When rushing to adopt new proprietary technology in an emergency like now, be VERY cautious of future liabilities, post crisis.

The danger of treating acute pain with morphine is a long term, destructive, expensive addiction...

Many tech solutions are entirely analogous - by design. Their proprietors are delighted this crisis provides an opportunity to sneak past sensible procurement processes.

@lightweight Yes. But sometimes you *will* need to use morphine or some other proven painkiller - especially when the alternative is a crowd of people trying to "sell" you various strangely-looking ingredients and insist that you just get out of the comfort zone, overcome your laziness and roll your own painkiller just like everyone should do to ensure their independence... 😐

@z428 yup. The point is that each person has a duty to those affected by their decisions to be informed, and aware of their liabilities and other options. Most people don't bother raising the shroud of ignorance. And, remember: marketing (like a casino) never works in your best interest. See davelane.nz/marketing

@lightweight Agreed. Yet there are situations in which falling back to "household names" seems the only viable solution, and the *core* (only?) problem being that alternatives are far from being "household names" or even viable products that are available and reliable. Experiencing this with Microsoft Teams at the moment: Introduced responding to the crisis and the need to get close to 40 people to work from home all of a sudden. There were no real "easy-on" alternatives, there wasn't ...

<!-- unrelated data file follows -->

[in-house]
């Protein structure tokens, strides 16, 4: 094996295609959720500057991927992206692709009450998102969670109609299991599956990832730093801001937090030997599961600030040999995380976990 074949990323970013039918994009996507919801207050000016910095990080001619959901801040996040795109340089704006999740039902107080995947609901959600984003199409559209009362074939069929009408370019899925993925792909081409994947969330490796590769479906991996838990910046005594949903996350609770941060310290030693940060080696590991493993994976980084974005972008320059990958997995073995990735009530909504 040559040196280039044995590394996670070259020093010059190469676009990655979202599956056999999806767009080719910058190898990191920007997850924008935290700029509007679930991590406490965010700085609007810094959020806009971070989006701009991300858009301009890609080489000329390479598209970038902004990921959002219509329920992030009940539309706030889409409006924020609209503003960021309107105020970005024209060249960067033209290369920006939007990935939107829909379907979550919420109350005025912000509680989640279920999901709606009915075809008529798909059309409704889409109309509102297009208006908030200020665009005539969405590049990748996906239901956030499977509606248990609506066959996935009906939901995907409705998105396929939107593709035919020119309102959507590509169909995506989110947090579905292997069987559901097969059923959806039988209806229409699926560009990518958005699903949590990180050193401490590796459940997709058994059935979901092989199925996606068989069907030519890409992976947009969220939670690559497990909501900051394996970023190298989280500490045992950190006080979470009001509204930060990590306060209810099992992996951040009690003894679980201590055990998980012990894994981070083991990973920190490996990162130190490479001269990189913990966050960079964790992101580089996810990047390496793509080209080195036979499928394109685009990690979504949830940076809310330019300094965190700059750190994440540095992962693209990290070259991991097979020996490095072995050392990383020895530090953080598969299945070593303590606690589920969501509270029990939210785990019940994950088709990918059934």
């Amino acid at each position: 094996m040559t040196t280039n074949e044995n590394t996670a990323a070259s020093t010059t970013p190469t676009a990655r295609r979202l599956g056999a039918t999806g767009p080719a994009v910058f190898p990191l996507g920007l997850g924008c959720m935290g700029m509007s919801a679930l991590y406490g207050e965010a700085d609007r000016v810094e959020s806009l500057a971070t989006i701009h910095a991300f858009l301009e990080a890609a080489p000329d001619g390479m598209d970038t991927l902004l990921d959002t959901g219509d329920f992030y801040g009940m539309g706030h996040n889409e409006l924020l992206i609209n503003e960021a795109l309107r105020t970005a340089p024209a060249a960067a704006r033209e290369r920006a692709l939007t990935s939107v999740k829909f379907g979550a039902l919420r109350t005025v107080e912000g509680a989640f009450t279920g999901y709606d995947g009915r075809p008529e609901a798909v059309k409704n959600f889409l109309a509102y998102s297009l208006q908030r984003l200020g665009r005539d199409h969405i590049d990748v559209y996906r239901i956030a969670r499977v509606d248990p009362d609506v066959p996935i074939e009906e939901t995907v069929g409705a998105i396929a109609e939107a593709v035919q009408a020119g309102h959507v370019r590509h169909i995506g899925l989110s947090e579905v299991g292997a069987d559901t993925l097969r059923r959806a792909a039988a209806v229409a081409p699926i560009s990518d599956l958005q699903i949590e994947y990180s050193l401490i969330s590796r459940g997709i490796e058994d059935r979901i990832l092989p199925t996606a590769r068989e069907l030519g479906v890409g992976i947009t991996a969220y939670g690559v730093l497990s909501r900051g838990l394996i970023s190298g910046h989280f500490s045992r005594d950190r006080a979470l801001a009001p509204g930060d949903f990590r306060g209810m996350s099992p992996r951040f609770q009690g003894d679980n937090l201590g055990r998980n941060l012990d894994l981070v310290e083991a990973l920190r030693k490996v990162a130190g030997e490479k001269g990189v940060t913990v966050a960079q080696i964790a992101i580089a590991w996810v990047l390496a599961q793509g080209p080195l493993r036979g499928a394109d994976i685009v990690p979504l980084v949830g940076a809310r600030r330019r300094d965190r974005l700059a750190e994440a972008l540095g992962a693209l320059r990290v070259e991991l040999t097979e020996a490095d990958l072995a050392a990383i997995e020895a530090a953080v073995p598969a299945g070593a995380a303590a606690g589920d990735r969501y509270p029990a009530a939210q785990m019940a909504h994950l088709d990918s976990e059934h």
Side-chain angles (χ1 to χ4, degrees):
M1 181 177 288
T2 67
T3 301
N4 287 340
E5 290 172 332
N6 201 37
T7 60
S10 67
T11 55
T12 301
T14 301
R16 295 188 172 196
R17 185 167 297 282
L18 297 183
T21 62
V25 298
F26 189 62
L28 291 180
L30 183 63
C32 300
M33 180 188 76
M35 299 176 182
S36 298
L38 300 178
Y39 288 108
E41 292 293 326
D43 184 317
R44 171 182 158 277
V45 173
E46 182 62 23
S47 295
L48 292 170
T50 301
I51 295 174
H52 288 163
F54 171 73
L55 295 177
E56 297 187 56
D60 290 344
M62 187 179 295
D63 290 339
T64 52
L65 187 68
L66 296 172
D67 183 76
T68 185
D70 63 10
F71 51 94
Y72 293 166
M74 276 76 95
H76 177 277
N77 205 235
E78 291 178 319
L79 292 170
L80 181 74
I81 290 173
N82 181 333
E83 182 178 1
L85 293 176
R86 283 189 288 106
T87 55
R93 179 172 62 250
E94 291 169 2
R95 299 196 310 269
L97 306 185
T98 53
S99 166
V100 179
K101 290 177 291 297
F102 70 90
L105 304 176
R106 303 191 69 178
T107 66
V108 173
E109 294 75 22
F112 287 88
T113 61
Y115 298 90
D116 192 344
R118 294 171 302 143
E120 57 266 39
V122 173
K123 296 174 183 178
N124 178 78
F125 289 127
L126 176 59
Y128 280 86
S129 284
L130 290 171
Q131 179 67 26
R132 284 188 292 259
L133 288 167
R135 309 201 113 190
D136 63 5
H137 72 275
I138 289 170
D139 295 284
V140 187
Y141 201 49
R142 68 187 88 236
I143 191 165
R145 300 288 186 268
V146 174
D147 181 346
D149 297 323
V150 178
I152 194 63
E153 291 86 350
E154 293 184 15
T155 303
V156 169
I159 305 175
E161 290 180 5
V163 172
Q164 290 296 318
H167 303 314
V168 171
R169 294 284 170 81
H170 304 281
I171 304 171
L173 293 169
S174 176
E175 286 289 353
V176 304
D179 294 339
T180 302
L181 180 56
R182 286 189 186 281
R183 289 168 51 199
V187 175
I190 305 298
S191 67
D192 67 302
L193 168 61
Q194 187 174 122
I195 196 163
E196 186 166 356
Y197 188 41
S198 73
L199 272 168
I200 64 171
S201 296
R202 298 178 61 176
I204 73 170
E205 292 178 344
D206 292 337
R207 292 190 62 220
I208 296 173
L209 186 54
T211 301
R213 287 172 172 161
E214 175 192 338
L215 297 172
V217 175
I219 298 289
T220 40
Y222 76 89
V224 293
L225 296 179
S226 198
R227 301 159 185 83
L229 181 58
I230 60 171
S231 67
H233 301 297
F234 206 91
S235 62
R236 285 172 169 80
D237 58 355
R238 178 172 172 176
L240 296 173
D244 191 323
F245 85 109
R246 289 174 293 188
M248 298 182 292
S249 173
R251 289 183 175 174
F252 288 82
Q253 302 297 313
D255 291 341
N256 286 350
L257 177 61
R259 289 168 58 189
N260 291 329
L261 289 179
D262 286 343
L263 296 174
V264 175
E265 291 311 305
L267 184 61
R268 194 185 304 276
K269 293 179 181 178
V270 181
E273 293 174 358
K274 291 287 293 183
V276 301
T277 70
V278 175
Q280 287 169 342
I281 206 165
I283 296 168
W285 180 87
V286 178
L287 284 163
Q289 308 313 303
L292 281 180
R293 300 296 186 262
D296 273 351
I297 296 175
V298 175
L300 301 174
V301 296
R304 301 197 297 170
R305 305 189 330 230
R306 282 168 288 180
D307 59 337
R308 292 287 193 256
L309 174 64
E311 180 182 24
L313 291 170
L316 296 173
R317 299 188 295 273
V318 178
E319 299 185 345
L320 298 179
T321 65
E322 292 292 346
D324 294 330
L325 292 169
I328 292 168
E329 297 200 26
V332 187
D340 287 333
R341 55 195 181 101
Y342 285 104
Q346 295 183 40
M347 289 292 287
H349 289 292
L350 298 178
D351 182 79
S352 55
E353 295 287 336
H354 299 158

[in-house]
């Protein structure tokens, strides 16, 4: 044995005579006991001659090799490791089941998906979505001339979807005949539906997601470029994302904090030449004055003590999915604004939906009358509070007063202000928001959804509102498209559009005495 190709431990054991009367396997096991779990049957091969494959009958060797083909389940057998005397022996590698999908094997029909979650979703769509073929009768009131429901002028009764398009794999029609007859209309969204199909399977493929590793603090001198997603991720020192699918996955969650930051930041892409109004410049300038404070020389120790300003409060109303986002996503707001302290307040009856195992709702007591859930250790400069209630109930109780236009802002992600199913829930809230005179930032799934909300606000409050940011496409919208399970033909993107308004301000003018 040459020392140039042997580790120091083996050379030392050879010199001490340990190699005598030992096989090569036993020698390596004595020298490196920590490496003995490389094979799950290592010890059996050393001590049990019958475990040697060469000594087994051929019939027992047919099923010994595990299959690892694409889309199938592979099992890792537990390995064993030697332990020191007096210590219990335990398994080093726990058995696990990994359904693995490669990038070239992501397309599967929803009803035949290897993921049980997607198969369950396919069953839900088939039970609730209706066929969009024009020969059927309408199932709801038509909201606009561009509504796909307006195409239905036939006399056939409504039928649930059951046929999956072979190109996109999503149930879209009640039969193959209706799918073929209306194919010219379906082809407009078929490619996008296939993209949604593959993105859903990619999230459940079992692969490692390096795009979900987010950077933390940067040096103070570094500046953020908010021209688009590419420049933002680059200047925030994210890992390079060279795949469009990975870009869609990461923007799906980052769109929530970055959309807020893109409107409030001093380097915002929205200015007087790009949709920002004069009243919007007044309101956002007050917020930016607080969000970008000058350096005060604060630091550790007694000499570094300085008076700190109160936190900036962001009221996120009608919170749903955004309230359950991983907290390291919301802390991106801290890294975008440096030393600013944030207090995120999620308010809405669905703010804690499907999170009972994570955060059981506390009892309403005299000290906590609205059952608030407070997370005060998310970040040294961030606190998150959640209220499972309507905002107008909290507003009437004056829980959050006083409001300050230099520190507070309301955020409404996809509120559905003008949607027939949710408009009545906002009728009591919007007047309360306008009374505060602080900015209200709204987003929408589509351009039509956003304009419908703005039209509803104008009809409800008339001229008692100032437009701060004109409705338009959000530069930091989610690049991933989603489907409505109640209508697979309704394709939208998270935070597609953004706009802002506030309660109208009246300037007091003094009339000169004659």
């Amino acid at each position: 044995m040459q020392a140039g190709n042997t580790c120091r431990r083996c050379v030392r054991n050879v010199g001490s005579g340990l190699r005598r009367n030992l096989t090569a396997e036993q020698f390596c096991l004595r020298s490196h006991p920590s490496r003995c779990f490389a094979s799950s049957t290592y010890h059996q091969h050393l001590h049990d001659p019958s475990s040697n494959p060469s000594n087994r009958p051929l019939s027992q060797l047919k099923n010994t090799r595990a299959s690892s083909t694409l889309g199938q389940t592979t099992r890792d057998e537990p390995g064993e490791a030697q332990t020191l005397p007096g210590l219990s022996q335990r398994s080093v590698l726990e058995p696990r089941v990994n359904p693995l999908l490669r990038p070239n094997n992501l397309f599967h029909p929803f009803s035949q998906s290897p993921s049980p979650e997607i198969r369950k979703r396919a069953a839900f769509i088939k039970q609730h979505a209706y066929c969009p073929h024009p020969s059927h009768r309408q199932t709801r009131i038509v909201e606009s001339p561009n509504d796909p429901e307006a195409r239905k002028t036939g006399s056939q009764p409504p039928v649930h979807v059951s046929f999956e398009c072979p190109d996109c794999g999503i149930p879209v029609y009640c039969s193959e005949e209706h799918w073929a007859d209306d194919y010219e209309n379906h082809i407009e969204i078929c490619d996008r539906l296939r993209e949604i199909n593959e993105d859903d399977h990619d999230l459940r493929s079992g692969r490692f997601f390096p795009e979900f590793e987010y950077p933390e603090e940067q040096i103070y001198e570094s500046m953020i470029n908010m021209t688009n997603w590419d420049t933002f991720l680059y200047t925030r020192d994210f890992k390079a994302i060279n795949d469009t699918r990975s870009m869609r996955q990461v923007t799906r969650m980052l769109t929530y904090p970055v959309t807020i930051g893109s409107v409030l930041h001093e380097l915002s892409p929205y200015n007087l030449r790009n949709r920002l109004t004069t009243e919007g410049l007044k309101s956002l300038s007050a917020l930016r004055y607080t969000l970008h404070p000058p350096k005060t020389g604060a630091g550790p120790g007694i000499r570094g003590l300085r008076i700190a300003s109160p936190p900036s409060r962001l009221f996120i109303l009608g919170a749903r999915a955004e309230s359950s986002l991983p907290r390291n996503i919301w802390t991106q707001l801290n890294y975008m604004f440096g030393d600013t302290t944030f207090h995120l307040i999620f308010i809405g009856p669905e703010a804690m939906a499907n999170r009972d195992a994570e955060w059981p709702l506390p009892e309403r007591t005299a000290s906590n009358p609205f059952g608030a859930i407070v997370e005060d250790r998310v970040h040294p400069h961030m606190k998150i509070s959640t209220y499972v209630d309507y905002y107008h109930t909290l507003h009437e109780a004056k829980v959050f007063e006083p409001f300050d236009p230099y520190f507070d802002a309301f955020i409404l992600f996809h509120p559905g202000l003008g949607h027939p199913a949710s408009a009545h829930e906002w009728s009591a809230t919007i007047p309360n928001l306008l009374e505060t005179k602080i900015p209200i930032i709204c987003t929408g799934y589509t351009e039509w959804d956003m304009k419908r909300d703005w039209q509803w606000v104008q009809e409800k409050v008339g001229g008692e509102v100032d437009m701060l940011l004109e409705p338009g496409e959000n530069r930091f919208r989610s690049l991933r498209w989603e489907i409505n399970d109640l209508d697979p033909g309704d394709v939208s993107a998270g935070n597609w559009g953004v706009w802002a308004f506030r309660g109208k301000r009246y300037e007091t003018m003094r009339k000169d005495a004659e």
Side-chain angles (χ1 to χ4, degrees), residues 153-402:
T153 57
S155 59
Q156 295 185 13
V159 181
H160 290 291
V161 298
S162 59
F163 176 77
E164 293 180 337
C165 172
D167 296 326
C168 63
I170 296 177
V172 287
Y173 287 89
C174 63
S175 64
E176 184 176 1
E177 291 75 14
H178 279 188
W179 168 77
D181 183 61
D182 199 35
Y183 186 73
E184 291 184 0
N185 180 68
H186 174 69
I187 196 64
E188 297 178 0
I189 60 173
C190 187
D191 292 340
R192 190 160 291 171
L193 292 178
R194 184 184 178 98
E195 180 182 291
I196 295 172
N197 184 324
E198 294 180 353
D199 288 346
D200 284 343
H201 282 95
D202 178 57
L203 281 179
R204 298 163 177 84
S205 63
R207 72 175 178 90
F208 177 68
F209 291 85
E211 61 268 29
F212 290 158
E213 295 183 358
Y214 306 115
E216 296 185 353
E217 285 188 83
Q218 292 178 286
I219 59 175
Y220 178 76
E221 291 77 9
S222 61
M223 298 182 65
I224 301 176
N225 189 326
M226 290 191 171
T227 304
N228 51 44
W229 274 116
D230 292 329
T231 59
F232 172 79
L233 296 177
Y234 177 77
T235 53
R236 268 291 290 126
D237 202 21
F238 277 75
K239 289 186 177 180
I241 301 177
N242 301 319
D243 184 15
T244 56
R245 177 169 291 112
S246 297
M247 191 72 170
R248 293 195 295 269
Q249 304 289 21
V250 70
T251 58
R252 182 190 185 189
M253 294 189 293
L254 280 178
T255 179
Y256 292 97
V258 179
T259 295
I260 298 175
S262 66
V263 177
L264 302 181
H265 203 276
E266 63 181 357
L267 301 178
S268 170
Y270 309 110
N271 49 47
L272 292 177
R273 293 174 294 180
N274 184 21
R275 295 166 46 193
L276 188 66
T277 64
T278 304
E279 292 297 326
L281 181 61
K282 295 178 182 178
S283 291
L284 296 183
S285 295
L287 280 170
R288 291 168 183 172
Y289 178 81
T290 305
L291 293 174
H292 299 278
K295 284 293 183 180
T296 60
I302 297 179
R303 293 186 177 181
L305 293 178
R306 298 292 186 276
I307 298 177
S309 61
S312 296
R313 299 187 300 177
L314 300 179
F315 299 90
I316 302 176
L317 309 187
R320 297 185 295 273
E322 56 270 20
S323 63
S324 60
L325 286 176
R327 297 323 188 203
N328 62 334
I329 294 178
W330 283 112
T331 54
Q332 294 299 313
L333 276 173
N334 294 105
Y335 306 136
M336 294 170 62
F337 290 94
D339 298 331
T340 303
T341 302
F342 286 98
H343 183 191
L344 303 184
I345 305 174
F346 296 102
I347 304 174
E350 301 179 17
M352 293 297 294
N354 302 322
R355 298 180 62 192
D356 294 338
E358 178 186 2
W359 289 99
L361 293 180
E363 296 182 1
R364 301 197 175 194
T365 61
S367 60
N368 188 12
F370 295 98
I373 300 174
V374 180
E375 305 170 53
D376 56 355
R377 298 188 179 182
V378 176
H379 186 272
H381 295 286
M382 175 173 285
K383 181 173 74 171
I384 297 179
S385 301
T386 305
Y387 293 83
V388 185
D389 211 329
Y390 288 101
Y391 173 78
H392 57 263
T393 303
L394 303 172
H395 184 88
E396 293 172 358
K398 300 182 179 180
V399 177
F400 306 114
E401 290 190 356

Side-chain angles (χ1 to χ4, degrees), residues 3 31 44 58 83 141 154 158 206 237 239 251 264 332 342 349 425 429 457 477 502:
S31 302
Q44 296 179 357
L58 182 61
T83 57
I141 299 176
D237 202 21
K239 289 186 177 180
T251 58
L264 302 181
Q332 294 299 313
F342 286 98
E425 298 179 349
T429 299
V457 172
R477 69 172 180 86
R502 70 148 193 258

@z428 the real problem is that this was such a shock for so many people. It's not like no one could've anticipated this sort of situation and developed a contingency. Like global heating, we all knew this would happen eventually. It just shows how useless most of our strategic planning and liability management practices are.


@lightweight I think it depends. We're actually (maybe also because of the overal level of digital / remote work in our particular domain) pretty much behind in this field of technology, so until earlier last week, remote work for the vast majority of the staff (except developers, sales and tech support) was *supposed* to be on-site, no one from the actual business team even *wanted* to work remotely for particular reasons, so planning was to consider such options merely for load-balancing ...

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